An elementary school plans a visit to Museum of illusions. A child who has autism is not allowed to come because the school thinks he will not be able to take part in activities in the museum.
Is this discrimination? If yes, why? What can be done and who is in charge if we experience discrimination?
These were the topics of the training antidiscrimination in social protection, held in Šabac, from October 9-10, 2019. Professionals from centers for social work and social service providers from 15 municipalities got to know the most common forms of discrimination, personal traits based on which people can be discriminated (age, sex, ethnicity, income and alike) and the role prejudices and stereotypes play. An interesting part was the presentation of rulings of the European Court of Human Rights, illustrated by Ivana Krstić, professor the Faculty of Law at the University of Belgrade.
The situation in Serbia was presented by Brankica Janković, Commissioner for protection of equality. If we would describe discrimination in one word, we would say: it’s unequal treatment of the equal and equal treatment of the unequal, stated the commissioner. She presented examples of direct and indirect discrimination and cases of discrimination at workplace – the most frequently reported form of discrimination. Discrimination at the workplace and mobbing were topics of the second day of the training. Dejan Kostić, expert in the field of discrimination and labor law, explained how to recognize and what to do in case of mobbing – an old practice, with a new name, says Kostić.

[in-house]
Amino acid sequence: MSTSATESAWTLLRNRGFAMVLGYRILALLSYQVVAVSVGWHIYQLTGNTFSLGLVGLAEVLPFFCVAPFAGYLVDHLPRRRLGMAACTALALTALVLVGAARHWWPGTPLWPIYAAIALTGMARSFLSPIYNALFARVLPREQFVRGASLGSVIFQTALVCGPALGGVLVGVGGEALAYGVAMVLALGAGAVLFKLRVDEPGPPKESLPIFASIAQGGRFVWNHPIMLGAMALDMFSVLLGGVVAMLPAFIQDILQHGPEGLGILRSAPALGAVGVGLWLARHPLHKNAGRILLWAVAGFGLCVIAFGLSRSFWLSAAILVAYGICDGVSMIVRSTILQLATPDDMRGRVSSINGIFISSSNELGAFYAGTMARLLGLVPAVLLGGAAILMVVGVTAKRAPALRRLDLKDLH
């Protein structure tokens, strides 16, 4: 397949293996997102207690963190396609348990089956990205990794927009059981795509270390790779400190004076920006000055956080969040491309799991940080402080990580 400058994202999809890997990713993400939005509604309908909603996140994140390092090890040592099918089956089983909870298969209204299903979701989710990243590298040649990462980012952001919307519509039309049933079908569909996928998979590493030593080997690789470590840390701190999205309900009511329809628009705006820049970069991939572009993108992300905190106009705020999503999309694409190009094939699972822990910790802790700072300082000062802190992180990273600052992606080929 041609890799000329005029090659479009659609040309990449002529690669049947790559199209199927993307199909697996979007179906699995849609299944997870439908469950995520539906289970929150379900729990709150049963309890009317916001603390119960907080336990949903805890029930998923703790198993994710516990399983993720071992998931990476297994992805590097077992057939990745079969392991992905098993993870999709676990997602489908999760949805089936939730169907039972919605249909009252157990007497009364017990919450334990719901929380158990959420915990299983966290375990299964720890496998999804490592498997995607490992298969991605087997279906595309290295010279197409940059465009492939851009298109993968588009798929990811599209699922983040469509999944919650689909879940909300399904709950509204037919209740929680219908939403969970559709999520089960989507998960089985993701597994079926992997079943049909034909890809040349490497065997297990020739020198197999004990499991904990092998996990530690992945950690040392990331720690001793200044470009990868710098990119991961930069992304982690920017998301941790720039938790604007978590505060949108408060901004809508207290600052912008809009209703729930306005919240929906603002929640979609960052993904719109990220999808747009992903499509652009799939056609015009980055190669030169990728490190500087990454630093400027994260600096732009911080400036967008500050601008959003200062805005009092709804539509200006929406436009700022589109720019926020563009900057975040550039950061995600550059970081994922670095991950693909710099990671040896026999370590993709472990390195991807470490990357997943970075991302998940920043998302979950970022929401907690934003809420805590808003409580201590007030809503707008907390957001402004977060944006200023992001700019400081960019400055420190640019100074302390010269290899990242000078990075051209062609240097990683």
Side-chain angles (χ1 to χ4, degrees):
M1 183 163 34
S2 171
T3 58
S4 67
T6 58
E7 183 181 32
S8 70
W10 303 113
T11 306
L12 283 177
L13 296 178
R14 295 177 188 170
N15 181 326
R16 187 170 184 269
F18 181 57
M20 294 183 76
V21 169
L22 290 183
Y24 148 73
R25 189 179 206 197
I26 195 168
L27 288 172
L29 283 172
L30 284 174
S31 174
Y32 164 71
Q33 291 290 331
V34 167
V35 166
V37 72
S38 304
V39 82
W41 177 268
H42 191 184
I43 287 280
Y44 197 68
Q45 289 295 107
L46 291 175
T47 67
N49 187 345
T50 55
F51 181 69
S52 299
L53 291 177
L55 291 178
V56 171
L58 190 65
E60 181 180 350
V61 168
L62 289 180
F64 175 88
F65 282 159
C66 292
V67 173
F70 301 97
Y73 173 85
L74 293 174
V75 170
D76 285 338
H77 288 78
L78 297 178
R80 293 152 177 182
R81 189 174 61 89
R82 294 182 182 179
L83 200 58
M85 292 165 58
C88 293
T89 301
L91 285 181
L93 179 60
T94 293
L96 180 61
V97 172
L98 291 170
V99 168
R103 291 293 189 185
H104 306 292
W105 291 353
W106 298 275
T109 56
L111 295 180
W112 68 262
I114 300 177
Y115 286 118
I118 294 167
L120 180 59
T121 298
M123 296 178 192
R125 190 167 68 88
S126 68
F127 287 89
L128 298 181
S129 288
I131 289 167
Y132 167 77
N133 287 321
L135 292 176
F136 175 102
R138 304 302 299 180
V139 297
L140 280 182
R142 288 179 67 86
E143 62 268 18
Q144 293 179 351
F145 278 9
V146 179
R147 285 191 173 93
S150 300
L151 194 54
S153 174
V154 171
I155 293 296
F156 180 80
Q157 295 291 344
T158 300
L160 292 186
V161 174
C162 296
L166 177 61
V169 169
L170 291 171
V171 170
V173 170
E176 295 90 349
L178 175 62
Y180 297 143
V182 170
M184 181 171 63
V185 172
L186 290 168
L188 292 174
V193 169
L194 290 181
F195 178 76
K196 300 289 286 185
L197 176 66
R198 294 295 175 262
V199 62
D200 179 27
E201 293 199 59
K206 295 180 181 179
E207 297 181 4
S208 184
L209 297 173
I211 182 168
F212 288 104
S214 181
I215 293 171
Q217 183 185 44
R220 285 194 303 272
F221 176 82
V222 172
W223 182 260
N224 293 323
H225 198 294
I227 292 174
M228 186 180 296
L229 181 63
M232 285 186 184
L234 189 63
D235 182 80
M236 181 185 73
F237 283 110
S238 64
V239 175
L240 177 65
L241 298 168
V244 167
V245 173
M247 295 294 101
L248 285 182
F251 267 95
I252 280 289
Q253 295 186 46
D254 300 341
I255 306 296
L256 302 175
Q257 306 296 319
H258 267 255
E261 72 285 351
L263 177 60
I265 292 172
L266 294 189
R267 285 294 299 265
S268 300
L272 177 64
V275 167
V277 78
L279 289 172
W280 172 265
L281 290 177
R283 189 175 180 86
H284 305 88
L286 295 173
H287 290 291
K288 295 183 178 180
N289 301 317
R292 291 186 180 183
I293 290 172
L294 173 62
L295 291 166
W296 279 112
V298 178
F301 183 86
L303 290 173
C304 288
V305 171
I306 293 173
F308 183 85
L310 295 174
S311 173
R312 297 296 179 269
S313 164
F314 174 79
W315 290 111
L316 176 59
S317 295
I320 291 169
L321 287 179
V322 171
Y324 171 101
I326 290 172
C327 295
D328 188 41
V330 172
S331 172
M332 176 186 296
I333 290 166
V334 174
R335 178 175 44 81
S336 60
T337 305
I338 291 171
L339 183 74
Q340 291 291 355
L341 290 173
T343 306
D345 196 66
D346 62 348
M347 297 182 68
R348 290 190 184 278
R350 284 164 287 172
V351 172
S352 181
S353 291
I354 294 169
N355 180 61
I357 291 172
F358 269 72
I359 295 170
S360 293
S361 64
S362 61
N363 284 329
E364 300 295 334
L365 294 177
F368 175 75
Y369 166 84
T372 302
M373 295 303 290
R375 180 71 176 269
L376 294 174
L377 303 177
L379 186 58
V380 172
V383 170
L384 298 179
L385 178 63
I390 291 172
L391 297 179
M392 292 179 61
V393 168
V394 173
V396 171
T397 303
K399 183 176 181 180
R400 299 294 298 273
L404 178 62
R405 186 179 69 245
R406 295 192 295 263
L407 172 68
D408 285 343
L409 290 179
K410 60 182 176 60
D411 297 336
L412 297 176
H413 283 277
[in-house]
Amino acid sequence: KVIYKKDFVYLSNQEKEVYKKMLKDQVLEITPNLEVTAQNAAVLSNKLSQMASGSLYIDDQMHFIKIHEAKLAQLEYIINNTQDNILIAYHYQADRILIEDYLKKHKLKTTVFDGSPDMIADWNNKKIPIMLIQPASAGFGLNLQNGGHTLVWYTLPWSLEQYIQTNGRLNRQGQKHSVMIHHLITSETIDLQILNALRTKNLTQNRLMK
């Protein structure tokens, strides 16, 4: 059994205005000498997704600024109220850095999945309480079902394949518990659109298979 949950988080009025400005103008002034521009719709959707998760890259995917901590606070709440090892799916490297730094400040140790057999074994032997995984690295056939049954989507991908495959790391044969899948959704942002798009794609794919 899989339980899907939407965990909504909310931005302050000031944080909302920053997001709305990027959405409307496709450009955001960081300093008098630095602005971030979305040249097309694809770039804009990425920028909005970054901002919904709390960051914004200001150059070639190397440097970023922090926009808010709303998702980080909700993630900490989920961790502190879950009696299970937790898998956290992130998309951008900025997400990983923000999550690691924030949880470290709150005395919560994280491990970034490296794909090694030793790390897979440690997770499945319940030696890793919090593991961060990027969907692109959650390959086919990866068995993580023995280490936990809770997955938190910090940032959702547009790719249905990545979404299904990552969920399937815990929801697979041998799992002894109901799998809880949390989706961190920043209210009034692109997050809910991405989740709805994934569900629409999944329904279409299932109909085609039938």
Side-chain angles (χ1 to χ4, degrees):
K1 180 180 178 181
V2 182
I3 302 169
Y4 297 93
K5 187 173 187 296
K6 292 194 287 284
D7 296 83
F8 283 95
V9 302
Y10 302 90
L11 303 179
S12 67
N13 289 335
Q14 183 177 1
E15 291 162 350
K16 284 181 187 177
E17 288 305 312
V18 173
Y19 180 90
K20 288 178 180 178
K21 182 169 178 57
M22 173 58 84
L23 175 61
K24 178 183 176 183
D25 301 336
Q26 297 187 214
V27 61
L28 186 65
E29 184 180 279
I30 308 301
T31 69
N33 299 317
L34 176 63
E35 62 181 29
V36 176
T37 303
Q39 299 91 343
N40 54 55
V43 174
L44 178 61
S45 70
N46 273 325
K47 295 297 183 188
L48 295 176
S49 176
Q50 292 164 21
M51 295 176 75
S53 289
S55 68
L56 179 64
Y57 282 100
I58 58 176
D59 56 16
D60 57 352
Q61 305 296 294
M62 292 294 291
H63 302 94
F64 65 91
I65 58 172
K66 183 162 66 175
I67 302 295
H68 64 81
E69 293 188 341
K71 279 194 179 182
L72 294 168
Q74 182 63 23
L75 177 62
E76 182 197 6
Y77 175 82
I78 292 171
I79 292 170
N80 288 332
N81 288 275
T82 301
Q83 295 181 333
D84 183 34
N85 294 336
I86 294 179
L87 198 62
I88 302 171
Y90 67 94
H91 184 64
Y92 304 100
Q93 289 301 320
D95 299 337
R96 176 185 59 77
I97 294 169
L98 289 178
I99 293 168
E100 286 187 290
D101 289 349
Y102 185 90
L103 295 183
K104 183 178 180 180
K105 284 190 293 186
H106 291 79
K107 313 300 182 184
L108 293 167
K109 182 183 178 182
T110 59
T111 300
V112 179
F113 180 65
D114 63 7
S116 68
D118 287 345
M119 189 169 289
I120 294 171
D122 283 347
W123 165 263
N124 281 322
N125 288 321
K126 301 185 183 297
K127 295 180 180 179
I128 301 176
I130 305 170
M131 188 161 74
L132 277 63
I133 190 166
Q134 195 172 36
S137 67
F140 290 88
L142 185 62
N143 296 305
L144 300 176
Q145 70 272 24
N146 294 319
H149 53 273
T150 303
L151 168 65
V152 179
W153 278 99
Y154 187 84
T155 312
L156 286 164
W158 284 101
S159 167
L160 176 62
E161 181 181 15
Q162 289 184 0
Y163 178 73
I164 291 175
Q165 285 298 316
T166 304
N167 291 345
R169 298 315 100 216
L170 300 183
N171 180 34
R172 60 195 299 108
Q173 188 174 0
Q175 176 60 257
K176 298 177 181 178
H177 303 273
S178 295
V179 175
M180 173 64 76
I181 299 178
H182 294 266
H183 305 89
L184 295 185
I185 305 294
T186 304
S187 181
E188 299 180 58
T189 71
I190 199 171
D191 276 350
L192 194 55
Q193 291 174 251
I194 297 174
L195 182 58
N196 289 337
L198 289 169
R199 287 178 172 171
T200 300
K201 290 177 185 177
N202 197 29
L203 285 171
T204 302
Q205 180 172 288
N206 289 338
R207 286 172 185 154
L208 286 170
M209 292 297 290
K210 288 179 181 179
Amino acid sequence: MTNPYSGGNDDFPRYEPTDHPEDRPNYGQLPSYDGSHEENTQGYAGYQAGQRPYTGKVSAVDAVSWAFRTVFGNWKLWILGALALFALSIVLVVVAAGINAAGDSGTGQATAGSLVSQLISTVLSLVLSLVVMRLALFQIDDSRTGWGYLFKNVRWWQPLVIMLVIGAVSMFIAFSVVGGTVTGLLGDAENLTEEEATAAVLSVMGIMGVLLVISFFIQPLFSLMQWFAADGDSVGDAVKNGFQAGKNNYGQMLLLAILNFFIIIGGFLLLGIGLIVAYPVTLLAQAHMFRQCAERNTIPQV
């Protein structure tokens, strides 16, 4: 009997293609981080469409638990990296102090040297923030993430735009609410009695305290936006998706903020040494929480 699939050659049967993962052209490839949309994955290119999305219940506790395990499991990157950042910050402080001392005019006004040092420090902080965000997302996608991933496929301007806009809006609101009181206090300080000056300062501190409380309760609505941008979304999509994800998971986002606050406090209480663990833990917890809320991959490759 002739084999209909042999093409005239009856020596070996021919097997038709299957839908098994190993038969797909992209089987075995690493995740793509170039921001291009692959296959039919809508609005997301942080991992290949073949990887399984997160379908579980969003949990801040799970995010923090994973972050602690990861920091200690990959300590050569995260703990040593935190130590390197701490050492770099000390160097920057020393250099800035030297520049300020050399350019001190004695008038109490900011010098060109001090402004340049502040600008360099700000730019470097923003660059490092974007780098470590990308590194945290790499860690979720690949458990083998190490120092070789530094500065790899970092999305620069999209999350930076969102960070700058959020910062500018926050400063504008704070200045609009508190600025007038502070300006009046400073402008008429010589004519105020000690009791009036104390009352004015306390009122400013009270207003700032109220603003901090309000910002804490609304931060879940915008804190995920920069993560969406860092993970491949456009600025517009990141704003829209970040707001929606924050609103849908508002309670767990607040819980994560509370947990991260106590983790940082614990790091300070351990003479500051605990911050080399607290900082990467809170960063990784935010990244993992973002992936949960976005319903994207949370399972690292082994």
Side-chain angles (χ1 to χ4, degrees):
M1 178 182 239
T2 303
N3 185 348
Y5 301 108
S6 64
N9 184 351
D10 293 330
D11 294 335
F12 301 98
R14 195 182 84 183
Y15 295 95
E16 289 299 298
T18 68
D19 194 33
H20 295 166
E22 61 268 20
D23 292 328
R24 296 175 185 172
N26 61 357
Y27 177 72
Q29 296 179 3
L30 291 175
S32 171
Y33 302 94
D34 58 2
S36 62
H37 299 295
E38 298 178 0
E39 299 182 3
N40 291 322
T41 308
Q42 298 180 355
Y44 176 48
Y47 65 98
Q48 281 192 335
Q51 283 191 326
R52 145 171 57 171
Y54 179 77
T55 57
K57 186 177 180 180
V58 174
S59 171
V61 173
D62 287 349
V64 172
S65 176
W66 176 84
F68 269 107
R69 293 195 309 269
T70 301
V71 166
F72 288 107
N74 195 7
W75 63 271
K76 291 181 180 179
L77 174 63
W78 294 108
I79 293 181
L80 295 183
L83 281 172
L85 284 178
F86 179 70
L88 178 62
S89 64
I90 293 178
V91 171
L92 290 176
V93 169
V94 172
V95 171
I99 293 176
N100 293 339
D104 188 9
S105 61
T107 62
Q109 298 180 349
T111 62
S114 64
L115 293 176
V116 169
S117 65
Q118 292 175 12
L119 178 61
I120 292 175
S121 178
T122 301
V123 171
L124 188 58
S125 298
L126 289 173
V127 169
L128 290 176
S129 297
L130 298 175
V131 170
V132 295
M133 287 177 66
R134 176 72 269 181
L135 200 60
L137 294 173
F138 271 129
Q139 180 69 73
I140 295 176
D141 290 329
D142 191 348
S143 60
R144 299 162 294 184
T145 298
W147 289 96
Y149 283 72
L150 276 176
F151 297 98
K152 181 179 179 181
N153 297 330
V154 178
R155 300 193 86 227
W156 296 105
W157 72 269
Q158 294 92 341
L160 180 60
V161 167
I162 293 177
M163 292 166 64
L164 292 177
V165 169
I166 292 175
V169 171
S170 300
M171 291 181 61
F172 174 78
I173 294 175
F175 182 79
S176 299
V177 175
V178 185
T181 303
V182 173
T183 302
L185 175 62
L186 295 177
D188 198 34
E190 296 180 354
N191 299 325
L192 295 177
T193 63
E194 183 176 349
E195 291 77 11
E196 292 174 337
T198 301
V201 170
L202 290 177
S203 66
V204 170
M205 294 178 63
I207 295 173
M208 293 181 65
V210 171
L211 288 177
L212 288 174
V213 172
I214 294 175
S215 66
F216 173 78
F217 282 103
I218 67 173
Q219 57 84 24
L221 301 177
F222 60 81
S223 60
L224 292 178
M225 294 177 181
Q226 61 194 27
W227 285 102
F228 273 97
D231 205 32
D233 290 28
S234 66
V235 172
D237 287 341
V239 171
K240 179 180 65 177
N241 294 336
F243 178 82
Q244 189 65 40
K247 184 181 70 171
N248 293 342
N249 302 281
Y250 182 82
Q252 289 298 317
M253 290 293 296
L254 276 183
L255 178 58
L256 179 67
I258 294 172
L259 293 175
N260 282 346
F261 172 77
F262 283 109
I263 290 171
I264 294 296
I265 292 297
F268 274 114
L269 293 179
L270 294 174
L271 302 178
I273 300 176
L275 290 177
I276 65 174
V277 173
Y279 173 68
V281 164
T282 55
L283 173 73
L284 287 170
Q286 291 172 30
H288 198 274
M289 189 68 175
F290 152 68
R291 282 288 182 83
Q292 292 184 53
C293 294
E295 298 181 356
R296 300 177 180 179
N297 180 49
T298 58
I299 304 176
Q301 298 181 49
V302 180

This is one in series of activities that aims to improve the provision of social services – to make them more efficient, accessible and in line with citizens’ needs, concluded Alexandra Hilbig, leader of the project Social Services for Vulnerable Groups. This is the German-Serbian development cooperation project, implemented by GIZ.
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